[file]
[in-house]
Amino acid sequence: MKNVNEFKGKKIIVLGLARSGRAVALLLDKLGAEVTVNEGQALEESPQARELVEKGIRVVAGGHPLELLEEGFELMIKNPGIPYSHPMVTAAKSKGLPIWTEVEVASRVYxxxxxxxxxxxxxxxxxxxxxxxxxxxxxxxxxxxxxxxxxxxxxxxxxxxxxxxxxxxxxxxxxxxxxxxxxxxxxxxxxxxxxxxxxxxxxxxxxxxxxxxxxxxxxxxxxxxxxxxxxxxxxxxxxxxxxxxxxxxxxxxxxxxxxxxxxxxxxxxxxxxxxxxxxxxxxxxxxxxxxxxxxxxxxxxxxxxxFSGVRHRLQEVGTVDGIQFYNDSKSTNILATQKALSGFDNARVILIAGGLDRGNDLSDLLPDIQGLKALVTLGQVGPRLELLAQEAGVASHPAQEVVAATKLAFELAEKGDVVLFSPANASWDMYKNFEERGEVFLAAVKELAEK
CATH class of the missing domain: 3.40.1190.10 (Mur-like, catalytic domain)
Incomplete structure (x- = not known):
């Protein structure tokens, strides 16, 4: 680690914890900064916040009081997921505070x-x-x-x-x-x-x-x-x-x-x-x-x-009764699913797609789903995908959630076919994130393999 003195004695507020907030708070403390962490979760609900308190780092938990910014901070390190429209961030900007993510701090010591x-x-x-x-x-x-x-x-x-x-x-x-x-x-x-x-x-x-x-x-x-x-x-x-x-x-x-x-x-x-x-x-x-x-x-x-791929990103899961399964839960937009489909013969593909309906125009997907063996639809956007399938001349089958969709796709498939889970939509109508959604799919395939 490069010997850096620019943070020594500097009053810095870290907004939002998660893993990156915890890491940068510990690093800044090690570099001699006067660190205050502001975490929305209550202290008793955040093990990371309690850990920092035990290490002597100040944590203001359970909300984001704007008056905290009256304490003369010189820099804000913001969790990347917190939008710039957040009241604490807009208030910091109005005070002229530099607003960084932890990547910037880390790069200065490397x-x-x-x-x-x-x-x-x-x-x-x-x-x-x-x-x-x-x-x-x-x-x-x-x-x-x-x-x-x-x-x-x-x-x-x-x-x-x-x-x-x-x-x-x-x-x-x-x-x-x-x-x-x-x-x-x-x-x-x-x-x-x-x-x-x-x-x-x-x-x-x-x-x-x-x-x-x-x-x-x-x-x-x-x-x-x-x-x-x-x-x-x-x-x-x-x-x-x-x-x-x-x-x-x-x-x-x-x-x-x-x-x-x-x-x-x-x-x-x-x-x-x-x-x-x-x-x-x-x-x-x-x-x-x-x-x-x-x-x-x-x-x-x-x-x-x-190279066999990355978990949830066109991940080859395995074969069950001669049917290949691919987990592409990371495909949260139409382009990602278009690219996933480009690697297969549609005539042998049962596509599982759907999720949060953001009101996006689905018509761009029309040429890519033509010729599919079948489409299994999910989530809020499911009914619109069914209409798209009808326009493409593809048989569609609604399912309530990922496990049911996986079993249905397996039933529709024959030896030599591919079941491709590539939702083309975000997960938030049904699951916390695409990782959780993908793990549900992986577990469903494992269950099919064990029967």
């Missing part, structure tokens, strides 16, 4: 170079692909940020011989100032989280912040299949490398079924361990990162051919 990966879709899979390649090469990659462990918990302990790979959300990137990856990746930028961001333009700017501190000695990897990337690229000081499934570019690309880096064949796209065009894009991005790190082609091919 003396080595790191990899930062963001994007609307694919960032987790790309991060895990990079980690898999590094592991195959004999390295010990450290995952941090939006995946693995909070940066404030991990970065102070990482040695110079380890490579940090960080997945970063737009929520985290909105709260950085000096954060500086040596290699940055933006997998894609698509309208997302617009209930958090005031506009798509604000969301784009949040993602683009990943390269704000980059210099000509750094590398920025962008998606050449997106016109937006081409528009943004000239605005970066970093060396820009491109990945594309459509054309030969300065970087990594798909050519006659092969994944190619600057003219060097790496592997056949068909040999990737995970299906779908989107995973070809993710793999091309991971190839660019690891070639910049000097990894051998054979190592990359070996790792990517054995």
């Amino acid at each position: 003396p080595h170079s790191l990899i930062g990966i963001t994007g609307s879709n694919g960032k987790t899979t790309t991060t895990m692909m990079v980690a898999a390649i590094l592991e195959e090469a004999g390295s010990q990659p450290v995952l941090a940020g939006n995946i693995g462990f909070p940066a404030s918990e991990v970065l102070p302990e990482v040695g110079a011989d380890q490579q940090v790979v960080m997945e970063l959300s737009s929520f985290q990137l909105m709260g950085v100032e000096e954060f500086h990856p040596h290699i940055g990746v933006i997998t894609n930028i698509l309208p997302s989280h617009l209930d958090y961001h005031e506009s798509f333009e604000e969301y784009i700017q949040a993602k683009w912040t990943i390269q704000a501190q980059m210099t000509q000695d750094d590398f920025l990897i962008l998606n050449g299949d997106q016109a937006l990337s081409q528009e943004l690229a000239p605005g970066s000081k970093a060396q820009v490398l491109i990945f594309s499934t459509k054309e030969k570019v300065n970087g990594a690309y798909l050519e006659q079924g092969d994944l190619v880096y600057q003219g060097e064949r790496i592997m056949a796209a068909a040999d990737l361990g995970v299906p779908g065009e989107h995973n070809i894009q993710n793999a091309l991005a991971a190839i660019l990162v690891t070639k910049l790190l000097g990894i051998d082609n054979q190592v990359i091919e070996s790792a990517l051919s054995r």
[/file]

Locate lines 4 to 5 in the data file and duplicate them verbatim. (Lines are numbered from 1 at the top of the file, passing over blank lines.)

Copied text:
Incomplete structure (x- = not known):
């Protein structure tokens, strides 16, 4: 680690914890900064916040009081997921505070x-x-x-x-x-x-x-x-x-x-x-x-x-009764699913797609789903995908959630076919994130393999 003195004695507020907030708070403390962490979760609900308190780092938990910014901070390190429209961030900007993510701090010591x-x-x-x-x-x-x-x-x-x-x-x-x-x-x-x-x-x-x-x-x-x-x-x-x-x-x-x-x-x-x-x-x-x-x-x-791929990103899961399964839960937009489909013969593909309906125009997907063996639809956007399938001349089958969709796709498939889970939509109508959604799919395939 490069010997850096620019943070020594500097009053810095870290907004939002998660893993990156915890890491940068510990690093800044090690570099001699006067660190205050502001975490929305209550202290008793955040093990990371309690850990920092035990290490002597100040944590203001359970909300984001704007008056905290009256304490003369010189820099804000913001969790990347917190939008710039957040009241604490807009208030910091109005005070002229530099607003960084932890990547910037880390790069200065490397x-x-x-x-x-x-x-x-x-x-x-x-x-x-x-x-x-x-x-x-x-x-x-x-x-x-x-x-x-x-x-x-x-x-x-x-x-x-x-x-x-x-x-x-x-x-x-x-x-x-x-x-x-x-x-x-x-x-x-x-x-x-x-x-x-x-x-x-x-x-x-x-x-x-x-x-x-x-x-x-x-x-x-x-x-x-x-x-x-x-x-x-x-x-x-x-x-x-x-x-x-x-x-x-x-x-x-x-x-x-x-x-x-x-x-x-x-x-x-x-x-x-x-x-x-x-x-x-x-x-x-x-x-x-x-x-x-x-x-x-x-x-x-x-x-x-x-190279066999990355978990949830066109991940080859395995074969069950001669049917290949691919987990592409990371495909949260139409382009990602278009690219996933480009690697297969549609005539042998049962596509599982759907999720949060953001009101996006689905018509761009029309040429890519033509010729599919079948489409299994999910989530809020499911009914619109069914209409798209009808326009493409593809048989569609609604399912309530990922496990049911996986079993249905397996039933529709024959030896030599591919079941491709590539939702083309975000997960938030049904699951916390695409990782959780993908793990549900992986577990469903494992269950099919064990029967």